470 F.2d 693
73-1 USTC P 12,900
ESTATE of Francis S. TILYOU by Florence J. Tilyou,
COMMISSIONER OF INTERNAL REVENUE, Appellee.
No. 16, Docket 72-1079.
United States Court of Appeals,
Argued Oct. 3, 1972.
Decided Dec. 8, 1972.
Daniel Flynn, New York City, for appellant.
Carleton D. Powell, Atty., Tax Div., Dept. of Justice, Washington, D. C. (Scott P. Crampton, Asst. Atty. Gen., Meyer Rothwacks and Grant W. Wiprud, Attys., Tax Div., Dept. of Justice, Washington, D. C., of counsel), for appellee.
Before MOORE, FEINBERG and MULLIGAN, Circuit Judges.
MOORE, Circuit Judge:
This appeal is from a decision of the Tax Court1 sustaining the denial by the Commissioner of Internal Revenue of a marital deduction in the tax return of the Estate of Francis S. Tilyou.
The question raised by this case concerns Section 2056(a) of the Internal Revenue Code of 1954, which provides that the value of a taxable estate is determined by subtracting from the gross estate
the value of any interest in property which passes or has passed from the decedent to his2 surviving spouse.
* * *
Subsection (b) of this section limits the marital deduction permissible under Section 2056(a) by eliminating from the deduction any "terminable interest" in property which passes to the surviving spouse.3 The Commissioner disallowed a marital deduction for the personalty which passed under the residuary clause of the will of Francis S. Tilyou because he found that that will created a terminable interest in the residuary estate.4 This created a tax deficiency in the amount of $112,600.21. The Tax Court upheld the Commissioner's decision. We reverse.
* * *
Francis S. Tilyou left his entire estate to his wife. His will also provided:
In the event, however, of the death of my wife herein named before me, or before she shall have become entitled to any part or share of my residuary estate, then my said residuary estate shall be paid to my children. . . . (emphasis added)
The Commissioner here argues that this "entitled to" clause meant that if Mrs. Francis S. Tilyou had died before distribution, the residuary estate would have passed to the children of Francis S. Tilyou. He, therefore, decided that her interest in the estate was a terminable one under Section 2056(b) and disallowed a marital deduction as to the personalty included in the residuary estate.
Congress passed Section 2056 to "equalize the effect of the estate taxes in community property and common-law jurisdictions." United States v. Stapf, 375 U.S. 118, 128, 84 S.Ct. 248, 255, 11 L.Ed.2d 195 (1963); Jackson v. United States, 376 U.S. 503, 510, 84 S.Ct. 869, 11 L.Ed.2d 871 (1964). It was the intent of Congress in enacting this section to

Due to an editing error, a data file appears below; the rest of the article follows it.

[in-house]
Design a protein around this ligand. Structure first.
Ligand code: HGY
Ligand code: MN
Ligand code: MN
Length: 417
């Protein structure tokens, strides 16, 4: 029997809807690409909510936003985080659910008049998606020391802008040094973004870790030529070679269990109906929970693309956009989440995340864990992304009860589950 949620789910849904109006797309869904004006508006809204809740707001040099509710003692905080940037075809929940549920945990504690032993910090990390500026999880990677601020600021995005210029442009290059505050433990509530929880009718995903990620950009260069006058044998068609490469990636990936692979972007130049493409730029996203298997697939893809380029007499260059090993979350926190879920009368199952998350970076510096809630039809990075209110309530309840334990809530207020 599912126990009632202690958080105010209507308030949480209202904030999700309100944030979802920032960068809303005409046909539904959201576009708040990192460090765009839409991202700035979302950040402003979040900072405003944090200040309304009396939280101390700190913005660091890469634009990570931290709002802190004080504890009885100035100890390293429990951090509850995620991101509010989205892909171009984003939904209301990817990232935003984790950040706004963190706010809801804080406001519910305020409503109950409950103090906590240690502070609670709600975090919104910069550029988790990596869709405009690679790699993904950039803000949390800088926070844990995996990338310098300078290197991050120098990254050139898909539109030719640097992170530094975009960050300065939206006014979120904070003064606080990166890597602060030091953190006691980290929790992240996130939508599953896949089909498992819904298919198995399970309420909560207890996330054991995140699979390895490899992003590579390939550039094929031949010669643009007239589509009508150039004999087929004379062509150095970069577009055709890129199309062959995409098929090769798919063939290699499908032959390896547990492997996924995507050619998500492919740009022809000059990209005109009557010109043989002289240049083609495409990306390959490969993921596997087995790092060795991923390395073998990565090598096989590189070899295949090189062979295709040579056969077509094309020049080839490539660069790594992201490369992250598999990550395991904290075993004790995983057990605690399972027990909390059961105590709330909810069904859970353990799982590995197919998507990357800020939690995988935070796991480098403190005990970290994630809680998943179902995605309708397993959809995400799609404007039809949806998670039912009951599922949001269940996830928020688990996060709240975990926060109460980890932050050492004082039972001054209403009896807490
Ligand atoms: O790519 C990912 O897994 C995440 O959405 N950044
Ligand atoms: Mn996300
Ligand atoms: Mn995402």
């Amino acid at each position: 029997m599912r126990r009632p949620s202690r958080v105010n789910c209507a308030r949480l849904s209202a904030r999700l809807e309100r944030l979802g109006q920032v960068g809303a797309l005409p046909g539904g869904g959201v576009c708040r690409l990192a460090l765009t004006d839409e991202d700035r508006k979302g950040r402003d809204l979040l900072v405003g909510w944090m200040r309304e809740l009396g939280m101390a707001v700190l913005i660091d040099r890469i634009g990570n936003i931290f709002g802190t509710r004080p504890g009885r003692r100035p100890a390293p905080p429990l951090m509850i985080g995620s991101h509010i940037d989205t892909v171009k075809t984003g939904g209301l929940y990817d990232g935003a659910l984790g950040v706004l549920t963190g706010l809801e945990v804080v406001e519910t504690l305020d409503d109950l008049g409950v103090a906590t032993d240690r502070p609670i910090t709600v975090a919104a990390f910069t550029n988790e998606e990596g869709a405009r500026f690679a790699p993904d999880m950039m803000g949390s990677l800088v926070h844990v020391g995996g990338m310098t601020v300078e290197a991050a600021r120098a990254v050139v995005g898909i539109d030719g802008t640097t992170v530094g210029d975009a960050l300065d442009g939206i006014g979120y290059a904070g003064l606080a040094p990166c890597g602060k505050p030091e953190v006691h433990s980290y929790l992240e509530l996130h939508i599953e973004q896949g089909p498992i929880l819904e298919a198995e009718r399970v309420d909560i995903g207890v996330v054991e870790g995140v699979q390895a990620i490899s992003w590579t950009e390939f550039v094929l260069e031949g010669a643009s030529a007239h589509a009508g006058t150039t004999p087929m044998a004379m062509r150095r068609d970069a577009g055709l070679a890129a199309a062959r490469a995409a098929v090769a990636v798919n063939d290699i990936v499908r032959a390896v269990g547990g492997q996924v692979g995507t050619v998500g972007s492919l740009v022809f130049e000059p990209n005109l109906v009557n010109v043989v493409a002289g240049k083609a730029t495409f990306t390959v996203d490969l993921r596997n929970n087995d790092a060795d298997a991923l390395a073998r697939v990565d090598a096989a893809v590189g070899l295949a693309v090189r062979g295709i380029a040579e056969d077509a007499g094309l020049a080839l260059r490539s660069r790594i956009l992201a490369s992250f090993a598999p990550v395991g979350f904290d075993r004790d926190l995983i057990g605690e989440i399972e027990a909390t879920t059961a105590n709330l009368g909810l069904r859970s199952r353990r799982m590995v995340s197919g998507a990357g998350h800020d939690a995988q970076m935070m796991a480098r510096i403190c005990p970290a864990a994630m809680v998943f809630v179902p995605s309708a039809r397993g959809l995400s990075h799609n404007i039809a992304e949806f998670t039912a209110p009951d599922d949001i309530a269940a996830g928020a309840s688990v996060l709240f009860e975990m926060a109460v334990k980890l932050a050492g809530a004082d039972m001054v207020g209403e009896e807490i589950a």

afford a liberal estate-splitting possibility to married couples, where the deductible half of the decedent's estate would ultimately-if not consumed-be taxable in the estate of the survivor, . . . Plainly such a provision should not be construed so as to impose unwarranted restrictions upon the availability of the deduction. Northeastern Pennsylvania National Bank & Trust Co. v. United States, 387 U.S. 213, 221, 87 S.Ct. 1573, 1578, 18 L.Ed.2d 726 (1967) (emphasis added).
While this liberal estate-s;litting possibility must not be unreasonably withheld, this Court has previously noted that the limitations imposed on this deduction by Section 2056 itself must be carefully observed. Referring specifically to the terminable interest restriction of Section 2056(b), we have held that to insure a marital deduction the "draftsmen of testamentary instruments . . . [must] be meticulous in adhering to the formal requirements of section 2056." Allen v. United States, 359 F.2d 151, 153 (2d Cir. 1966), cert. denied, 385 U.S. 832, 87 S.Ct. 71, 17 L.Ed. 2d 67 (1966). See also Jackson v. United States, supra, 376 U.S. at 511, 84 S. Ct. 869. The necessity for the terminable interest rule has been stated in Allen as:
[T]he Congressional purpose in disqualifying terminable bequests was . . . to prevent the wholesale evasion of estate taxes which the skillful employment of terminable interests could easily have achieved. Allen, supra, 359 F.2d at 154.
We must now consider whether the "entitled to" clause in the will of Francis S. Tilyou created a terminable interest within the meaning of 2056(b), so that the marital deduction for the personalty which passed in the residuary estate of this will should be disallowed.
New York law, in theory, controls the determination of this question, Commissioner v. Bosch, 387 U.S. 456, 87 S.Ct. 1776, 18 L.Ed.2d 886 (1967); see Estate of Horton v. Commissioner, 388 F.2d 51 (2d Cir. 1967), but from the briefs of the parties and our own research we are satisfied that there are no New York cases which have construed a similar clause. The estate concedes that if the will had read "if she dies before she shall have become entitled to distribution of the residuary estate" or "before she shall have become entitled to possession of the residuary estate", rather than simply "entitled to", this would have created a terminable interest which would have defeated the deduction sought here. Such terms have appeared in Horton, supra, In re Estate of Fried, 445 F.2d 979 (2d Cir. 1971),5 and In re Herrmann's Estate, 193 Misc. 466, 82 N.Y.S.2d 888 (Surr.Ct.1948). In Herrmann the court considered a will containing the clause "[if she] shall die before she shall become entitled to the possession of [the residual estate]"6 and noted that the